International Customs Question


Aug 13, 2009
I have someone interested in buying an item from me. It would be shipped to France from the US. They asked me to check "gift" on the form at the post office and I was just wondering why and if I should or shouldn't. In the past I've had buyers ask me to disclose a smaller amount than the price but never this. Can someone explain why it matters and whether I should or shouldn't do this?


Jun 5, 2010
They are trying to get out of paying customs. The amount they will allow tax and duty free for gifts is higher than if it was merchandise. For something being mailed to Canada for example, if you mark something as a gift it's tax and duty free up to $60. If it's marked as merchandise it's tax and duty free up to $20. So anything over those amounts you get charged with customs.
I wouldn't mark it as a gift if it was paid for merchandise.


Jan 30, 2008
It is illegal to lie on a federal form, which is what a custom's form is.

It almost never happens, but you don't want to be the one who gets caught. The penaly is $10,000 and/or prison time. Is it worth it? I used to tell people who would ask me to lie that it is a crime and wouldn't do it. If they didn't want to buy after that it was fine with me.


Coach, Dooney, Uggs
Feb 25, 2007
East Coast, USA
If you don't want to seem like the bad guy, let the buyer know that ebay policy specifically mentions the illegality of lying on customs forms. It's considered to be encouraging illegal activity and you can report it.

Buyers aren't allowed to ask sellers to falsify customs declarations or mark an item as a "gift" in order to avoid customs fees. Customs fraud is prohibited as part of our policy against encouraging illegal activity.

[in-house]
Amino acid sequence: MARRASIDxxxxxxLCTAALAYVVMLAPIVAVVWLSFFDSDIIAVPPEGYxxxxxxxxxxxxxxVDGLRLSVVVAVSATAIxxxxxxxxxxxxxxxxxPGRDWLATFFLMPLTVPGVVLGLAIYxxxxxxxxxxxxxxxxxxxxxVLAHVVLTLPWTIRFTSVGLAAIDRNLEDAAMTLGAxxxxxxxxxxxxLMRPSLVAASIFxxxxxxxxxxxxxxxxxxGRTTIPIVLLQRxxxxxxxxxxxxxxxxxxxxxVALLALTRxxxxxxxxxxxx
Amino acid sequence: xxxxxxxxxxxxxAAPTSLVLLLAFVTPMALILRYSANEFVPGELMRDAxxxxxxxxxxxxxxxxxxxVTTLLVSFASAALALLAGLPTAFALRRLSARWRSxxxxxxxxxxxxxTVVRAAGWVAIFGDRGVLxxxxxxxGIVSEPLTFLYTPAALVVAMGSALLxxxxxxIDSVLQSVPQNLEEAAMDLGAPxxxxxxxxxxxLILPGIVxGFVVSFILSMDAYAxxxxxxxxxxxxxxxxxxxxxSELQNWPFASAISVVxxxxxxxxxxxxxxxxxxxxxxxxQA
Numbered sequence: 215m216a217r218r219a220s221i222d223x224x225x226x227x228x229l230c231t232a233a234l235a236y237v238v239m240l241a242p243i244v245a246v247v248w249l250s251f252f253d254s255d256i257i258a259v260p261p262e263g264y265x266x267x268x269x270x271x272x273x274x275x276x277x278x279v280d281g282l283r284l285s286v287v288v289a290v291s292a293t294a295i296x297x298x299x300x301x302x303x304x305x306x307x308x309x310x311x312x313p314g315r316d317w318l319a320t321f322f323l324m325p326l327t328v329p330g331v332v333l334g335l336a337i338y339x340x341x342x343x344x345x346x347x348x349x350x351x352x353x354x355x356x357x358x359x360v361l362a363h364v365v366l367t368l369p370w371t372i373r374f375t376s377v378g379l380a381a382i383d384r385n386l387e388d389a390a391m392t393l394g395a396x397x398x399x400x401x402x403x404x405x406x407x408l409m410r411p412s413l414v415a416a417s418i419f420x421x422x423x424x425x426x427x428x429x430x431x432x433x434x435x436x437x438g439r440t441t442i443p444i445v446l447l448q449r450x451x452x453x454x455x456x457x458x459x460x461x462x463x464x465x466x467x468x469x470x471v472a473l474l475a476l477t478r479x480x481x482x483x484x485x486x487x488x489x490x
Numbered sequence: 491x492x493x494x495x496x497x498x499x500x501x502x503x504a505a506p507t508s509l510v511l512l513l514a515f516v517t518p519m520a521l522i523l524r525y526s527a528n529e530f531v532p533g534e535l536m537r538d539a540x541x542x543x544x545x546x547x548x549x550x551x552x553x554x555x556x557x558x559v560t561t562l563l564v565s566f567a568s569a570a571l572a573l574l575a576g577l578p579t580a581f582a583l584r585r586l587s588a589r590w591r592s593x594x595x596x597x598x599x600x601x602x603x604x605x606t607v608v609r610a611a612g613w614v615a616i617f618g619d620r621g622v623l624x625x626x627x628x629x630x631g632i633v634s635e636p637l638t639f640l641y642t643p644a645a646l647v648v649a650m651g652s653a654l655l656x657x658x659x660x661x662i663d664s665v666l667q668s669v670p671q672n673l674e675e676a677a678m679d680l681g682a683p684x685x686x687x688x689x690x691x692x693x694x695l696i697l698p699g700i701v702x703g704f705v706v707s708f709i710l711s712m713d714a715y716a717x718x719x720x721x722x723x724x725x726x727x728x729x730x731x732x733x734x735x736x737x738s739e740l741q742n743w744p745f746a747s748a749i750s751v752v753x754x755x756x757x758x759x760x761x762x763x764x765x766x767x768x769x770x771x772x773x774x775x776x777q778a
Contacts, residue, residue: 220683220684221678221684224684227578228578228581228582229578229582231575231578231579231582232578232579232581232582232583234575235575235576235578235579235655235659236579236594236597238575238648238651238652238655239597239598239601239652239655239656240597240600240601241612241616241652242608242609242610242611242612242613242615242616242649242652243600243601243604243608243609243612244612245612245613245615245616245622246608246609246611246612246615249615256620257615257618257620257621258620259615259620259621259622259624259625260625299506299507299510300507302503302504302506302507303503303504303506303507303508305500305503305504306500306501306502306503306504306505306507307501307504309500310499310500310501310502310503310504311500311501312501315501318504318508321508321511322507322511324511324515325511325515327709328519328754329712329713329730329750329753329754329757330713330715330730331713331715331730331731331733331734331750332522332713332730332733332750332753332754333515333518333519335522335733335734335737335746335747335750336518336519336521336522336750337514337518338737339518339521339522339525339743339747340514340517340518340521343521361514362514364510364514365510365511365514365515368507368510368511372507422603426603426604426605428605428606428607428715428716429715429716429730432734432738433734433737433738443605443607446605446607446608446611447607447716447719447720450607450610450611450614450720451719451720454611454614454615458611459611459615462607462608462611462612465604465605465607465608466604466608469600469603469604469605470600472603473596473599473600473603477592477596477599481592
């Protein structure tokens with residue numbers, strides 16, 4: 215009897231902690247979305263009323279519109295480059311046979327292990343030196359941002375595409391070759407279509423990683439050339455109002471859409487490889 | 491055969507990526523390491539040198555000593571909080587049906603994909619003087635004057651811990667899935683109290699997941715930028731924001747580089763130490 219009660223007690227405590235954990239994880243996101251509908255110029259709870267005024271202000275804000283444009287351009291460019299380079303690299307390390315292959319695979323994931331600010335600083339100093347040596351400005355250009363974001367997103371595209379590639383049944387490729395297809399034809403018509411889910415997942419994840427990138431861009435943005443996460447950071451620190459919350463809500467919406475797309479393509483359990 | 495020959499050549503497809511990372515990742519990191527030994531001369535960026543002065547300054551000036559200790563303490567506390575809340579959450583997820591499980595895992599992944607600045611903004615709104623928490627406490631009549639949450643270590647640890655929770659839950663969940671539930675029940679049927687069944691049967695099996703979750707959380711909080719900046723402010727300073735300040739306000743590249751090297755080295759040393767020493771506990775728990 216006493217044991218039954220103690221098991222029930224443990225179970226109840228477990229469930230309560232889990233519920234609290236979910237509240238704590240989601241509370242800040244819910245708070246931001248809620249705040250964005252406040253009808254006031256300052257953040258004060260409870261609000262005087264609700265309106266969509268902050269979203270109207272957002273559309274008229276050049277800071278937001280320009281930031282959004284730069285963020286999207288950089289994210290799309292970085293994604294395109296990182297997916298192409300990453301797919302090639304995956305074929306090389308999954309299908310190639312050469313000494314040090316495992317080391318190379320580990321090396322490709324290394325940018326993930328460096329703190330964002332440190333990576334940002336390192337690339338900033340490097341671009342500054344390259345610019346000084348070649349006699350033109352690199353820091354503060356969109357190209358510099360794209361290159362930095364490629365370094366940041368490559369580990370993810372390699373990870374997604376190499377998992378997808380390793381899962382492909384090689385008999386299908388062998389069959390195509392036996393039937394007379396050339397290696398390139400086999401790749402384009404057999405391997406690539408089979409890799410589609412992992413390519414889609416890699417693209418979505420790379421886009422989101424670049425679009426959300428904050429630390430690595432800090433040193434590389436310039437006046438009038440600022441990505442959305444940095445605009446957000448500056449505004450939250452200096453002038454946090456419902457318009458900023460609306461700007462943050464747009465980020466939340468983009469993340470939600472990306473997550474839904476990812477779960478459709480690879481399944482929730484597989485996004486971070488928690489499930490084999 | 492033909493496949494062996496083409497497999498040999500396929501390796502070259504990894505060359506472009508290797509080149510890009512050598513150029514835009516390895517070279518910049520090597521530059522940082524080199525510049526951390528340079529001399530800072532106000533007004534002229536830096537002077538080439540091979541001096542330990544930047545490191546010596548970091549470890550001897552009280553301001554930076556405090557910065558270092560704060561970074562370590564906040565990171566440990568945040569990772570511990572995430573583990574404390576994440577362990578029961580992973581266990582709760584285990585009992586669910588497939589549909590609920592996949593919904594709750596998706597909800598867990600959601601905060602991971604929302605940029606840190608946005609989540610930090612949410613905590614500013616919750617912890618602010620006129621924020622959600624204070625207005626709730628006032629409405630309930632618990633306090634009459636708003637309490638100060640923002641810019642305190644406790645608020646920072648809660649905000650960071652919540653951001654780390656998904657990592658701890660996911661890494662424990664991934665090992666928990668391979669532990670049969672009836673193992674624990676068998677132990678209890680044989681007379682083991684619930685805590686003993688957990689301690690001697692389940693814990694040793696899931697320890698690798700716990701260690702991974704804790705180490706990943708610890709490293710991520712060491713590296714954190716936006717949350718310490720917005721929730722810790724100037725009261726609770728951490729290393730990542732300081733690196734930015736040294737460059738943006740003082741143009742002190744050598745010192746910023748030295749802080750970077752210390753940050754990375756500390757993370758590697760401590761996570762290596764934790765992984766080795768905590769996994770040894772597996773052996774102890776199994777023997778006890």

If a buyer asks you to commit customs fraud:

As indicated by the policy, it's illegal both for the seller to lie and for the buyer to request that the seller lie.



Aug 13, 2009
Thanks guys. I told her I wouldn't do it. I was uncomfortable about it to begin with and just not something worth lying over.


luxe style
Jun 15, 2010
dreaming in Paris
Definitely, if anything happens then the blame falls on your shoulders, as well as a big fine! I think it's good to disclose this in your auction as many sellers do. They clearly state that they will not mark items as gifts or falsify the $$$ value of goods. As well as that some buyers will complain if they need to pay customs duties and try to see if the seller will cover this. Um, no! It's the buyers responsibility. Agree with whT everyone has said. I've purchased items in the past where I've had to pay customs, you just have to be prepared for it if you are buying items that are a bit higher in price


What, me worry?
Dec 30, 2007
The Cool Cool North
Well over half the items I buy on ebay have the "gift" box ticked. I never ask mainly because it makes little difference on my purchases - sellers just do it. I expect most customs offices don't give it a lot of attention - they have much bigger things to worry about. I'm not suggesting you falsify a customs form but the "gift" thing doesn't seem to raise many red flags in customs.

Sellers should be aware though that, unlike most countries, ticking the "gift" box for international shipments to the US actually lowers the threshold before customs apply.


vintage bag lady
Mar 29, 2008
Sellers should be aware though that, unlike most countries, ticking the "gift" box for international shipments to the US actually lowers the threshold before customs apply.
Yup. In USA only Gift is up to $100 import free
Merchandise is up to $200 import free. Go figure!